Genes control maths and reading ability
Is being brainy in your genes, or does it come from your upbringing? The true answer lies somewhere in between. And thanks to a new study we're getting closer to teasing apart the complex relationship between nature and nurture.
Across the world scientists have been studying thousands of twelve-year olds to try and find genes involved in maths and language skills, and have come up with a surprising result - there's actually a substantial link between the genes involved in reading and maths, so if you're genetically gifted at one you're likely to have genes that make you good at the other.
Kat Arney asked lead researcher Professor Robert Plomin from Kings College London, whether our mental agility truly is genetic, or heritable...
Robert - People may be surprised to know but it's no longer interesting to ask that question, 'is it heritable?' because every single study over decades has shown that it is heritable. So, we're trying to go beyond heritability and one of the most interesting questions is to ask, are the same genes affecting different traits? Because you might expect something like reading is very different from math because the cognitive processes involved in doing math and reading would seem to be so different. So, you would expect that although they're both heritable, different genes would affect the two skills.
Kat - So, you've got a maths gene that means you can add, subtract, juggle numbers in your head, and a reading gene that means you can kind of focus and understand words.
Robert - Yeah, except most definitely what's come out of the molecular genetic work on DNA is it isn't one gene. We're talking about hundreds or maybe thousands of genes of very small effect. So, the question is more quantitative - to what extent are the different genes that affect reading, overlapping with the genes that affect math. The punchline is that although you might very different genes to be involved, in fact, most of the genes are the same. So the take home message is, genes make you similar in reading and math and all these cognitive abilities. The environment makes you different. So, the reason why kids are better at one thing than another is probably down to environment which is kind of a hopeful message in a way.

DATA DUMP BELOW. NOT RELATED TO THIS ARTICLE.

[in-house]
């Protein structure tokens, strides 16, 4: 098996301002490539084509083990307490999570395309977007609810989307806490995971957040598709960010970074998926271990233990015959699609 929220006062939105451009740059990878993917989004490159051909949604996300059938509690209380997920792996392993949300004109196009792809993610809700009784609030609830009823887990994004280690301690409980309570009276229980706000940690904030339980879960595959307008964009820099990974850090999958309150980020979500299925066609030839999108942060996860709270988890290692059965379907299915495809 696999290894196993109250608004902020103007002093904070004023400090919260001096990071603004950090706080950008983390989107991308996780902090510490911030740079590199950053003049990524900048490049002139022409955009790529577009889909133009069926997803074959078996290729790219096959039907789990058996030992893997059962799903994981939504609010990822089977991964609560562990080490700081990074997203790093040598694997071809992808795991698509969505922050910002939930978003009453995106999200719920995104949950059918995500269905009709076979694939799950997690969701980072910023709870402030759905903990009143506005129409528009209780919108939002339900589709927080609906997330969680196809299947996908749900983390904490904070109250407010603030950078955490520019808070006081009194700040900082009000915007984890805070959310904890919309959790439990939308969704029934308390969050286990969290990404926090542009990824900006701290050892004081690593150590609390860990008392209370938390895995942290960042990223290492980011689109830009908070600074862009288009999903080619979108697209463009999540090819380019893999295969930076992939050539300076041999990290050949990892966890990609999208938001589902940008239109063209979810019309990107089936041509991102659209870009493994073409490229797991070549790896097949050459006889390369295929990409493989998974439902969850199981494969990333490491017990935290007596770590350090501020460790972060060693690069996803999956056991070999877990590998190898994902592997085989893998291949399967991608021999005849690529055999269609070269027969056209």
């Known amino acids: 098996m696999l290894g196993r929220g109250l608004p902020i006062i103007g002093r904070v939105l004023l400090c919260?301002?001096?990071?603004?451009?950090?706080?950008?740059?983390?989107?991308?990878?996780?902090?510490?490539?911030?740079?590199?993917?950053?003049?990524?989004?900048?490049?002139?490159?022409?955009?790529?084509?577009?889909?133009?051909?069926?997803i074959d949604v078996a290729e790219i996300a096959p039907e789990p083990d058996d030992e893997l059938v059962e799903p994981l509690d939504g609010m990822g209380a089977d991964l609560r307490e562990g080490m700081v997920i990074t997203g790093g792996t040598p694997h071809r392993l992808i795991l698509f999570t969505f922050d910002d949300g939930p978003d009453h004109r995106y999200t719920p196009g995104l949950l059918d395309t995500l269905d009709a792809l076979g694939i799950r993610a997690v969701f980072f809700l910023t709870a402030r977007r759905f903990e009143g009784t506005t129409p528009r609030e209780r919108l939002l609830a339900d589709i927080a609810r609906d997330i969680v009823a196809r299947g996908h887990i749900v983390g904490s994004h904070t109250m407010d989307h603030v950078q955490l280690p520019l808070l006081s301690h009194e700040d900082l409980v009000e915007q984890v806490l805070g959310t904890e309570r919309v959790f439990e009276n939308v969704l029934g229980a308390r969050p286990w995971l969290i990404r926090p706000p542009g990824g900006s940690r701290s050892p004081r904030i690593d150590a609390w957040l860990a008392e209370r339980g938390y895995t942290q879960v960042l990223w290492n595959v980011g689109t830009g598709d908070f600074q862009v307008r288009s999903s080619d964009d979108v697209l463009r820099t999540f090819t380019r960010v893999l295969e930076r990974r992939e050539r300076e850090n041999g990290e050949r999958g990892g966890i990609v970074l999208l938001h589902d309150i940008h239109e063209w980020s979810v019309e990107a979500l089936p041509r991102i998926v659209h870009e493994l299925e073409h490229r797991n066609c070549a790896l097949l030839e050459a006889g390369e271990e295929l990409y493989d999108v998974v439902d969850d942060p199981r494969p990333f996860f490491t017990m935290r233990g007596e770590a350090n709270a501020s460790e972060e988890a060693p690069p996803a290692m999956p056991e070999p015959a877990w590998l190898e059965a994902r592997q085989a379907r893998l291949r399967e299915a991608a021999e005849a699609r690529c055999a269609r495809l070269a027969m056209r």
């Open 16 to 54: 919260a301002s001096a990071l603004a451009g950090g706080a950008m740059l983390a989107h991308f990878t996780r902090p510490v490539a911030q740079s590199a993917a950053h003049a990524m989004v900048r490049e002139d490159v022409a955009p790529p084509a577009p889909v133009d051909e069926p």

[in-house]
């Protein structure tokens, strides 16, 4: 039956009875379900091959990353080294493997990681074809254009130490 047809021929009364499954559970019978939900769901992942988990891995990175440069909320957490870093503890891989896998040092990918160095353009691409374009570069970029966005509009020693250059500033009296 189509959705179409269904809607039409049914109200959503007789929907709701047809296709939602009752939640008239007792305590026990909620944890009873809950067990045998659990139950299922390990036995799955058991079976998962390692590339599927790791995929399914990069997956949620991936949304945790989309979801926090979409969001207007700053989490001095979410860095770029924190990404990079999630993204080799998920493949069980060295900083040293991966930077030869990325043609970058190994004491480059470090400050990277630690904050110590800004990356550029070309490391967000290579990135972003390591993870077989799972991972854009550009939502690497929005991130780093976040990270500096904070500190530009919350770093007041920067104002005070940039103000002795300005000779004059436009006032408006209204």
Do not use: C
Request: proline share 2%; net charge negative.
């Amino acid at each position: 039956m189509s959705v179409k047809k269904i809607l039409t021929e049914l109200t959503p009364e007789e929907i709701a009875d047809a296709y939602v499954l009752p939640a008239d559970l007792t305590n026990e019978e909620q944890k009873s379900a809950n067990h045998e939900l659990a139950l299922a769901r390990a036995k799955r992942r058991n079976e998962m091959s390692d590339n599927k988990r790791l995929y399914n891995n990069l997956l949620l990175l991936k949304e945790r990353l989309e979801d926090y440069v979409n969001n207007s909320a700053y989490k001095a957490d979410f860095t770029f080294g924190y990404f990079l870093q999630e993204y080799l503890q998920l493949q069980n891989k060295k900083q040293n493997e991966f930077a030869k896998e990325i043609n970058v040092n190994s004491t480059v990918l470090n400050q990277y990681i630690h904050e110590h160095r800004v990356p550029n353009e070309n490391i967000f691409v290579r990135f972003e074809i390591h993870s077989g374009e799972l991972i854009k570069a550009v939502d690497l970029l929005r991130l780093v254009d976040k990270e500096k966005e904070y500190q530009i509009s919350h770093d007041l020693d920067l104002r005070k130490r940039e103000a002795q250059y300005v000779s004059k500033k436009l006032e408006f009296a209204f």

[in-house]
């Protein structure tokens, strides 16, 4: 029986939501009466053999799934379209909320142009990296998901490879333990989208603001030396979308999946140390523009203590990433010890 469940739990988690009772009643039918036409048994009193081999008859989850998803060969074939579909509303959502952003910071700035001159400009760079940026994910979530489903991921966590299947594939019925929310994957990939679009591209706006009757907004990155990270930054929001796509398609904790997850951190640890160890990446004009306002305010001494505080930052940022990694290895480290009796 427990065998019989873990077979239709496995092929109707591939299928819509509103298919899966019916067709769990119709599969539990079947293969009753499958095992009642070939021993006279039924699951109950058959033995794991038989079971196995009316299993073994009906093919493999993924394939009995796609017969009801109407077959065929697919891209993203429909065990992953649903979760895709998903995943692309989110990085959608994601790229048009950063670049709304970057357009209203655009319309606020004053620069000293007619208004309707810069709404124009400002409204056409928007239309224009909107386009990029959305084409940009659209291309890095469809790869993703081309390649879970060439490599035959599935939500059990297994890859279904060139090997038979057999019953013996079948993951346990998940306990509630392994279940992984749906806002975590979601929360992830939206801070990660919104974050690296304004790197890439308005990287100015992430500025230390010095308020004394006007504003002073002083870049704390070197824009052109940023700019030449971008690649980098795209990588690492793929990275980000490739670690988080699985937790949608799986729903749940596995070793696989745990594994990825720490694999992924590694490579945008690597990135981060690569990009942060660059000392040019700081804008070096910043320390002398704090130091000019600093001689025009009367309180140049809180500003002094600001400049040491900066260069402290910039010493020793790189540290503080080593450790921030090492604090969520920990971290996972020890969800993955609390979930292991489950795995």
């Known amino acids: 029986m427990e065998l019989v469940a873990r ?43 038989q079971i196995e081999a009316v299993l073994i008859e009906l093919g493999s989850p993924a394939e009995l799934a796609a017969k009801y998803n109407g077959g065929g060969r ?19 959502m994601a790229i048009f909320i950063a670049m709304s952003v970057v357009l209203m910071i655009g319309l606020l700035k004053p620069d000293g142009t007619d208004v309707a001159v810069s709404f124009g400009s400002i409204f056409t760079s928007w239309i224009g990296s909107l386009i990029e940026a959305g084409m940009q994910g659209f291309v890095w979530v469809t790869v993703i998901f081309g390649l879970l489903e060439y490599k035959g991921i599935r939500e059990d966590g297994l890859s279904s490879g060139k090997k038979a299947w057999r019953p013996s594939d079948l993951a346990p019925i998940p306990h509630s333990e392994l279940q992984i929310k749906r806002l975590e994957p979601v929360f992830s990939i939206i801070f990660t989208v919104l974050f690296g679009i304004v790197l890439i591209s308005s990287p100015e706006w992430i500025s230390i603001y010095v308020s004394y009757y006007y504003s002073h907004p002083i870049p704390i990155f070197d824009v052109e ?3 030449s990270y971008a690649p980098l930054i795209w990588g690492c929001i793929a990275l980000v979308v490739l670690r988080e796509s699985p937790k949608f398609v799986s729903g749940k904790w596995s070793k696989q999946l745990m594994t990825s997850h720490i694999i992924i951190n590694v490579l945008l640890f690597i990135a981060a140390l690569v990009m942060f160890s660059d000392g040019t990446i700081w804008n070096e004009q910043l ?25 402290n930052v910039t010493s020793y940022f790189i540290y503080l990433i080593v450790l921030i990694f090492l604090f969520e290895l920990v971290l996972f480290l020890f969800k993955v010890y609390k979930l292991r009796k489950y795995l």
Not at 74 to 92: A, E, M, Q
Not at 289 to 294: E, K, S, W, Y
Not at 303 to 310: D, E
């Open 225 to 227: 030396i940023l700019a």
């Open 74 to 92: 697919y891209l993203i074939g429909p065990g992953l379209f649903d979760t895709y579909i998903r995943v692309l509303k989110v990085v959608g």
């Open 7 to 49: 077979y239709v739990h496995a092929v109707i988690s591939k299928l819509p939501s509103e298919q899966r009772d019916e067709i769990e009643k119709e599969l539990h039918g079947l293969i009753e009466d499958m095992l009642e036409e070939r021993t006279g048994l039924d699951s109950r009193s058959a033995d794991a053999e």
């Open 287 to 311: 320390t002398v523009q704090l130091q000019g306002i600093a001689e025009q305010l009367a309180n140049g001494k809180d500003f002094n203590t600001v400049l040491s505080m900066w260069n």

Kat - Going to the links between reading and maths, why do you think this might be? We do talk about numbers as words as well as actual kind of numerical concepts. Is that the same kind of process going on in the brain there, you think?
Robert - Well, in terms of cognitive processes and attempts to get at the functional MRI, the way in which you measure how the brain works through imaging, they do suggest there are different processes involved. And at a cognitive level, the sorts of thought processes we use to solve problems, I agree you use words to describe numbers, but it does seem to be very different cognitively. The thing is though, they all use the brain. Although we think of the brain, in neuroscience, very often as modular, this bit of the brain does that and this bit of the brain does that. From an evolutionary perspective, you might really expect that the brain is a general problem solver and it solves problem in reading, it solves problems in math and spatial abilities. So, to a large extent, the general problem solving ability of the brain comes into play even in processes as different apparently as reading and math. So, that's what I think is involved.
Kat - So, knowing with these things that you found, the information you've got that reading and math abilities seem to be linked, what next?
Robert - Well, we're going to continue trying to find the genes. There's a lot that's still happening. But I think just at the level we're at now, if there are any parents who still think children are a blob of clay that you just mould to be what you want them to be, tabula rasa - the blank slate, they might pay attention to these data and realise that kids aren't just moulded to be what you want them to be. Maybe as parents and teachers, we need to recognise that children differ even very early in life, and maybe respect those differences to a greater extent.
It doesn't mean if it's genetic, you can't do anything about it. If you have a child who's reading disabled, it doesn't mean you can't help them to read. It's just going to take a lot more work than some children who just almost naturally start reading. So, you got to roll up your sleeves and say it's going to take more work. It's not the fault of the schools or the teachers, or the parents, or that the child is lazy. Some children just find it much more difficult to learn than others. And these new data suggest it's kind of a general thing. It isn't just they have problems with one thing. If they have problems with one thing, on the average, they're likely to have some problems with most things. So, that means you have to pay attention to that and not just blame schools, teachers, and parents, which is what we tend to do.